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Latif Jones (UK)

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Oxford Sentinel U Lock Large
Oxford Sentinel U Lock Large
Offered by bikes4life limited
Price: 21.76

1 of 1 people found the following review helpful
1.0 out of 5 stars Useless, 9 Jan 2014
This review is from: Oxford Sentinel U Lock Large
Purchased this from a bike shop of questionable ethical standards; within a month it required a range of cunning strategies to get the key to turn (banging, shaking); within two months, it lay spavined on my kitchen table, spent and useless, a wretched husk, a waste of metal. Avoid.


Islam and the Moral Economy: The Challenge of Capitalism
Islam and the Moral Economy: The Challenge of Capitalism
by Charles Tripp
Edition: Paperback
Price: 21.21

7 of 7 people found the following review helpful
5.0 out of 5 stars A brilliant book that sets the standard for future scholarship, 16 Mar 2008
This is one of the very few books chronicling the Muslim world's take on modern capitalism, and it is by far the best. The various responses to economic modernity from the Muslim world are meticulously documented and studiously referenced, and laid to paper with effortless skill and clarity. The book demonstrates a remarkable amount of scholarly work from an expert in the field.

The first three chapters examine the social problems in advanced industrial societies and Islamic intellectuals' responses to these issues, including to the questions of money, social solidarity, property and Islamic socialism. The latter two chapters chart the development of 'Islamic economics', Islamic banks, and Islamic anti-capitalist critiques. The entire book is exceedingly well-referenced and unusually incisive for a scholarly work of this scale.

The blurb carries a quote from James Piscatori calling the book "a finely observed and trenchant study", and notes that: "There could be no surer or more informed guide than this to the scholarly and public debates over the centrality of development, social need, and justice to the evolving 'common sense' of Muslim societies". Piscatori is absolutely correct - it is rare to find a work, on any topic, as informative as this.

'Islam and the Moral Economy' will be the first port of call to those interested in the responses of Islam (or religion in general) to modern capitalism, as well as those looking for good studies of 'Eastern' responses to capitalism. Tripp treats those he cites with the respect and detailed analysis often missing from Western scholarship; as a result, one learns a great deal about little-known, but important, Arab and Asian intellectual thought. A plethora of social issues and questions are raised and discussed, making this far more than a book purely about economics or religion.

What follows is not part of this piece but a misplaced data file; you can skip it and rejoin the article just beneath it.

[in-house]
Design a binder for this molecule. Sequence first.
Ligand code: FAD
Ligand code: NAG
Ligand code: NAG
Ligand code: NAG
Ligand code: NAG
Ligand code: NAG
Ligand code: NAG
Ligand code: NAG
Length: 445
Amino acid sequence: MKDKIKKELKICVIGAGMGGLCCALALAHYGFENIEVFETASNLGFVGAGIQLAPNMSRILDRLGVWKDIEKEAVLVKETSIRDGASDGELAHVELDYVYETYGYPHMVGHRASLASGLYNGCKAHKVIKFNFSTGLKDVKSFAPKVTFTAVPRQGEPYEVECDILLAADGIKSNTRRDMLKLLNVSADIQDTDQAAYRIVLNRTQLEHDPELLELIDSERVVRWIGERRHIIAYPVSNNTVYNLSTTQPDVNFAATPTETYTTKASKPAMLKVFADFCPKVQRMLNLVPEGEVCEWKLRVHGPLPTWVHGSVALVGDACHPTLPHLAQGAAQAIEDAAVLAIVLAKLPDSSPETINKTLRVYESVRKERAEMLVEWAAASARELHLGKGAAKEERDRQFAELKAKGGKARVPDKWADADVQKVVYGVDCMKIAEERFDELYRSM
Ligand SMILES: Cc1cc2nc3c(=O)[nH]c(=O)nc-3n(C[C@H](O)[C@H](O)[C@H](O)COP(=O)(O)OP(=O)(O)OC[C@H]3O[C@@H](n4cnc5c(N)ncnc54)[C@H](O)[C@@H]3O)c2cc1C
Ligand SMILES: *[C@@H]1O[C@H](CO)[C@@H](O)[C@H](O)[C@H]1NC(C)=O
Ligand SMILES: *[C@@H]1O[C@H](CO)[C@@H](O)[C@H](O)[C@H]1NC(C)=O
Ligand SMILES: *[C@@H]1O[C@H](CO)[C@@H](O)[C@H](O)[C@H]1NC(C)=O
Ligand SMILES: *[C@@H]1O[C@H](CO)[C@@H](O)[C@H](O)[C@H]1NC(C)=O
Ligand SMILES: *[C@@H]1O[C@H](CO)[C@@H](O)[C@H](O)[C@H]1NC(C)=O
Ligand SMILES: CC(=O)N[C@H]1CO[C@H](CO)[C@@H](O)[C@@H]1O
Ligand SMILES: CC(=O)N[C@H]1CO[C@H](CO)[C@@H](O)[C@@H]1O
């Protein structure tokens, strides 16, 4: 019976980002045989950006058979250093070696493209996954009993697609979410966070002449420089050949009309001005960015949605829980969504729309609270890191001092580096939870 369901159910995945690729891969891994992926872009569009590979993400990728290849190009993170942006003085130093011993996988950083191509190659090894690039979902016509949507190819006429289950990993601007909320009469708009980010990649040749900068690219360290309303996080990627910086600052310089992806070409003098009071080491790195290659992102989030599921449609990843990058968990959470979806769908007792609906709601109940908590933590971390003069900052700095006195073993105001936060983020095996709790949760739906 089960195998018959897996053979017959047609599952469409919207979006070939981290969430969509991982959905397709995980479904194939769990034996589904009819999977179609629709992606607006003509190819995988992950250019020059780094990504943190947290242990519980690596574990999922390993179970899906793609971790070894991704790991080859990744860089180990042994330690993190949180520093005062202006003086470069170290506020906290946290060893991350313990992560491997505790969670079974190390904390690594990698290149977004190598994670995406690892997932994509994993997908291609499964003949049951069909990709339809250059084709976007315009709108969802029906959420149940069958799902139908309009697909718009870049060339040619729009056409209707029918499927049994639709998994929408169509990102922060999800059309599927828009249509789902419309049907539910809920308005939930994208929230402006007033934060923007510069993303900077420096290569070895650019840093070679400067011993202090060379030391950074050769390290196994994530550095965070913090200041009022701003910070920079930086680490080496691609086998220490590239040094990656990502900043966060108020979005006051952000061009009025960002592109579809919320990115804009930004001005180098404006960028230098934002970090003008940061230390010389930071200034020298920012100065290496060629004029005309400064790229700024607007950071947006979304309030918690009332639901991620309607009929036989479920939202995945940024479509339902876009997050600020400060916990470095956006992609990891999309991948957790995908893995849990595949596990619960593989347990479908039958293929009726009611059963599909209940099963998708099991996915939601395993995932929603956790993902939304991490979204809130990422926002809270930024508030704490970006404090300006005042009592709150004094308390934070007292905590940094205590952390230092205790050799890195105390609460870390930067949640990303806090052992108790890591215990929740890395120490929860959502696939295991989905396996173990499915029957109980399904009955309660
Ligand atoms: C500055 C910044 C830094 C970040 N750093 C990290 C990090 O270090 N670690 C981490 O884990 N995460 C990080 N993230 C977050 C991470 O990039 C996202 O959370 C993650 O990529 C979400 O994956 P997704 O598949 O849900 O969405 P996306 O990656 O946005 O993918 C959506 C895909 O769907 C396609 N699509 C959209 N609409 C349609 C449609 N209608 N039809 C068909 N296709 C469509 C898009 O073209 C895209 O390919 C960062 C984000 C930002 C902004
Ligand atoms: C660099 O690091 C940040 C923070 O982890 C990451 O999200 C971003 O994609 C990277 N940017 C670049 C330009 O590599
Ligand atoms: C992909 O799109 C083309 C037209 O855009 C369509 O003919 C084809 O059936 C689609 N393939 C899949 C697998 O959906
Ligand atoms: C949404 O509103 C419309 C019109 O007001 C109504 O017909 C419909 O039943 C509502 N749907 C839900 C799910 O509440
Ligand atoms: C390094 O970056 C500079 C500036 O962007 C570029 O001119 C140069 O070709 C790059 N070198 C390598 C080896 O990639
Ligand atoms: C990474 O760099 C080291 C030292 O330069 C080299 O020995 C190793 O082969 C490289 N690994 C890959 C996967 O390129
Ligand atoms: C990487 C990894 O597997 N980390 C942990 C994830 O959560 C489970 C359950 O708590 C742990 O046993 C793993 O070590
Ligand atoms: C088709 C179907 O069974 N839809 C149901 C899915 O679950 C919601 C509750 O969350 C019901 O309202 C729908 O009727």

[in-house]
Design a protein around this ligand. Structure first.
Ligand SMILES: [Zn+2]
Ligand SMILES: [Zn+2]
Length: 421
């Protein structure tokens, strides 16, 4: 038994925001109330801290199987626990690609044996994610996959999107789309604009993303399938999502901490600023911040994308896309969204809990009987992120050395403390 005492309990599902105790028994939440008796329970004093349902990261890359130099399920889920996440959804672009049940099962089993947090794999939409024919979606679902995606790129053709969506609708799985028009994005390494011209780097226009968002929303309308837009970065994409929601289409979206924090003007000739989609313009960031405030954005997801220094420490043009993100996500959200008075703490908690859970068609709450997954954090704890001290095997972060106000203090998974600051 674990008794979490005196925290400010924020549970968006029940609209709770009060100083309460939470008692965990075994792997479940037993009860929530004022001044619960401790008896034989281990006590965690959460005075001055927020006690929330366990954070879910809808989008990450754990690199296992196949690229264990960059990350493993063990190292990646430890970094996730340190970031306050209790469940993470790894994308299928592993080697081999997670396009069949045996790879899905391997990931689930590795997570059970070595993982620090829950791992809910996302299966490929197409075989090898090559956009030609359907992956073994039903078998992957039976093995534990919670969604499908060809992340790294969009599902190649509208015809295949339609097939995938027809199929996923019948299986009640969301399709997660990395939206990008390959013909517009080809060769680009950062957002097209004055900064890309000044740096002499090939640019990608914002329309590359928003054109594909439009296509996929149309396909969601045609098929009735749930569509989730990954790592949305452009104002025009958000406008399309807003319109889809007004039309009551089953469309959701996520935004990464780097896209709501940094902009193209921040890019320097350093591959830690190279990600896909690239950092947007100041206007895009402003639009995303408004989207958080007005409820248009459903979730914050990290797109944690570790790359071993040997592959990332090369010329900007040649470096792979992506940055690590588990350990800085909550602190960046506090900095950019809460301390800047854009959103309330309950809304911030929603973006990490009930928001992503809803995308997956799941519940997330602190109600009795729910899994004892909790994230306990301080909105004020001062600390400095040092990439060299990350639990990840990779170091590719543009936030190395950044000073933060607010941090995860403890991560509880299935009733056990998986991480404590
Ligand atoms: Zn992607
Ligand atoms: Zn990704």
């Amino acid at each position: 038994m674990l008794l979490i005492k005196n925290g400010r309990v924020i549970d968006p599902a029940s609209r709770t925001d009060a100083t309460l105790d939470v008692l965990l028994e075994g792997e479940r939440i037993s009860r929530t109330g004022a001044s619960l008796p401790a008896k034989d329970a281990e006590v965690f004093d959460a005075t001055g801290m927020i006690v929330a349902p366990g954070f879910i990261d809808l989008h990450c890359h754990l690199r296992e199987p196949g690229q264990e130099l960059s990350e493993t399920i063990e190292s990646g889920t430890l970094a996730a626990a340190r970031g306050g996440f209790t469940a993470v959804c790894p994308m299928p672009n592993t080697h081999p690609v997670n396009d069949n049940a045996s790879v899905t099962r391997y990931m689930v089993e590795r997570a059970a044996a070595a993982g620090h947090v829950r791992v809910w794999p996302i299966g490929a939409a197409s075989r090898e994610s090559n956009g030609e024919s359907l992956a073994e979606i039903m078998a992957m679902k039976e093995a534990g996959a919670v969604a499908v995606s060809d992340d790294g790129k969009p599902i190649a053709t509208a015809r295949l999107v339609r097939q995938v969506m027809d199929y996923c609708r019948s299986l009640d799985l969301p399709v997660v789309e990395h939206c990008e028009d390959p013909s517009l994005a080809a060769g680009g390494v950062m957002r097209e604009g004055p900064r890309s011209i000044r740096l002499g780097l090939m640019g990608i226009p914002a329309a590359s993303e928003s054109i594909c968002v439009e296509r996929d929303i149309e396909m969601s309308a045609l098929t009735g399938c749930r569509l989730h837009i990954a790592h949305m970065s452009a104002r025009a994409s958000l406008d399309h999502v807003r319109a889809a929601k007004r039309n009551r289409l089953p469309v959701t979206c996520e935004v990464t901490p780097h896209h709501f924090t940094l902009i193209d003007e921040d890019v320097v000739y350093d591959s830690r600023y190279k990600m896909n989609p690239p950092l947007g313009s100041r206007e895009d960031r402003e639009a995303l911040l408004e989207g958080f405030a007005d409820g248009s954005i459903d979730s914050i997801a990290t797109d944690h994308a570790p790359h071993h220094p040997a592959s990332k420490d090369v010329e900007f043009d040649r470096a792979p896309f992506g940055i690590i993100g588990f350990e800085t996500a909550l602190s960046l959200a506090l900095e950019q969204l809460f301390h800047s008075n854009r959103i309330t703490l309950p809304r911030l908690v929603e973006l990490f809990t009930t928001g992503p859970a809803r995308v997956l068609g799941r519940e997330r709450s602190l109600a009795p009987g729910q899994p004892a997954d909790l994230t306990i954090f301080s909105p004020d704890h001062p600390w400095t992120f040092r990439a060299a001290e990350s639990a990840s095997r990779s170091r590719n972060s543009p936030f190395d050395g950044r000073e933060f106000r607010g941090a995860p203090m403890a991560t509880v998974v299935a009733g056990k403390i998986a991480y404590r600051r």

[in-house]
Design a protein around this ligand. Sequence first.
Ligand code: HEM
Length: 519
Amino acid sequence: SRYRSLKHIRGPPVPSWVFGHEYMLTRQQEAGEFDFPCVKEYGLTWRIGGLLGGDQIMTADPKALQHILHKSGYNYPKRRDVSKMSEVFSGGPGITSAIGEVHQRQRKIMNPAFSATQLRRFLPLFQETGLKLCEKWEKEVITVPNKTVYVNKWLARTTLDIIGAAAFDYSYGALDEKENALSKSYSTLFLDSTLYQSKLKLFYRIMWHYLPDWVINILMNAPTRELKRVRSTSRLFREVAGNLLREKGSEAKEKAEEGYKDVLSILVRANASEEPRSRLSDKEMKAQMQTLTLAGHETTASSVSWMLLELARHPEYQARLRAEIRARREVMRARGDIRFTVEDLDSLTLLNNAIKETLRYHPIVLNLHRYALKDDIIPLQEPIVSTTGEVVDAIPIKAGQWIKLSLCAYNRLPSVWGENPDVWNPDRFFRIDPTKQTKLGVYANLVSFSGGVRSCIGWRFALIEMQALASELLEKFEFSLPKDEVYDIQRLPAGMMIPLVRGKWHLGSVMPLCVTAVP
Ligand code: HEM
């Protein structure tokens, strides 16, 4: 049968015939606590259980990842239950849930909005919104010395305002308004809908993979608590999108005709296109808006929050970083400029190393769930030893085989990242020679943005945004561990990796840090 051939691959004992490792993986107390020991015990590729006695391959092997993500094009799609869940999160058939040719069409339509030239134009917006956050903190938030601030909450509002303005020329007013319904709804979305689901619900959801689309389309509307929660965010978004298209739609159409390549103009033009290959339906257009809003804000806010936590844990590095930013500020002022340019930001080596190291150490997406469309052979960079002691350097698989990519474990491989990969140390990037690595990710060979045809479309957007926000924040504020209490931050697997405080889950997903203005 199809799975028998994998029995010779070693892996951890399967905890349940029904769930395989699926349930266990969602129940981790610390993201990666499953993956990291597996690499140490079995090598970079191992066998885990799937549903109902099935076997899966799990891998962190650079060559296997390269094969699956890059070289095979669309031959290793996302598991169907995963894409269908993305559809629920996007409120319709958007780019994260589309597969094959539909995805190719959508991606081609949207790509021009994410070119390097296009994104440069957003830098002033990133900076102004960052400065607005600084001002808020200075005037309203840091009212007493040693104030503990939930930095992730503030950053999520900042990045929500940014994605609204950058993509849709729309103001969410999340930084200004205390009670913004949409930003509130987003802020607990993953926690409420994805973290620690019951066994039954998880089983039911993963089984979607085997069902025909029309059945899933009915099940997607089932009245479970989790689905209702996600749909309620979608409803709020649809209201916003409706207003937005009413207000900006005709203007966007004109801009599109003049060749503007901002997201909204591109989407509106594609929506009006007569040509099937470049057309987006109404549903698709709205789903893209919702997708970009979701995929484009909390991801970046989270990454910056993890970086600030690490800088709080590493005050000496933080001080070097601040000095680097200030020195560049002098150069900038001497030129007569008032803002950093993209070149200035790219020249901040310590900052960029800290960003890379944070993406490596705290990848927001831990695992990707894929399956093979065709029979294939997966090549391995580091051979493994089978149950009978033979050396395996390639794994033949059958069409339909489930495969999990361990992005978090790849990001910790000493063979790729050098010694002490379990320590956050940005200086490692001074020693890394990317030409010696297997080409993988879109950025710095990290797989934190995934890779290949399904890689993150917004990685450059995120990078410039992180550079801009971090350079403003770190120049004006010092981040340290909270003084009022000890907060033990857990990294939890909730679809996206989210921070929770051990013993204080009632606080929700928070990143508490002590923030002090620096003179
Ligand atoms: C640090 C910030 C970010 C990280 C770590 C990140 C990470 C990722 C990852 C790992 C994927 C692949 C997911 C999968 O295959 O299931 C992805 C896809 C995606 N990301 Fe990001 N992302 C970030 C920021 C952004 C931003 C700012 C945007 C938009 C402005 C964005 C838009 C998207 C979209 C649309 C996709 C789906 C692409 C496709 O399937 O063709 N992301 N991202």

This book is highly recommended, and clearly sets the standard that future work on the topic must strive to meet.
Comment Comments (2) | Permalink | Most recent comment: May 17, 2012 2:24 PM BST


A Child from the Village (Middle East Literature in Translation)
A Child from the Village (Middle East Literature in Translation)
by Sayyid Qutb
Edition: Hardcover
Price: 19.14

5.0 out of 5 stars A long-overdue edition, 16 Mar 2008
This is an excellent edition of Qutb's autobiographical work, which charts the slide to modernity in twentieth century rural Egypt. It will be of interest to anyone interested in Egyptian modern literature or Qutb's early writing. The translator's introduction is explanatory and well worth a read. It's worth noting that this hardcover edition demonstrates very high quality binding and paper.


The Intellectual: The Positive Power of Negative Thinking...
The Intellectual: The Positive Power of Negative Thinking...
by Steve Fuller
Edition: Hardcover

3 of 10 people found the following review helpful
1.0 out of 5 stars Not recommended, 8 Mar 2008
Luckily, I didn't buy this book - I read it in my university library. It's not at all what I expected from the title and description (although later, having heard Steve Fuller debating, I was not surprised).

Fuller discusses 'truth', 'power', 'thinking', etc. but makes no attempt at all to define these terms - let alone to engage with the varied and interesting debate surrounding these ideas. He does not bother to generate any arguments, expand the boundaries of knowledge, engage with real debates and ideas, or even present existing theories in an interesting way. His 'arguments' are loose, winding, and often either ridiculous or exceedingly obvious. Where you can find a train of thought, which is rare, it is a subject that has inevitably been discussed at length, and with far greater eloquence, elsewhere. As a result, much of the book is tedious, outlandish, and at worst, nonsensical. I find it difficult to understand why anyone enjoyed this book. I can only imagine that they were swayed by the self-satisfaction and smugness that Fuller attempts to extend to his readers.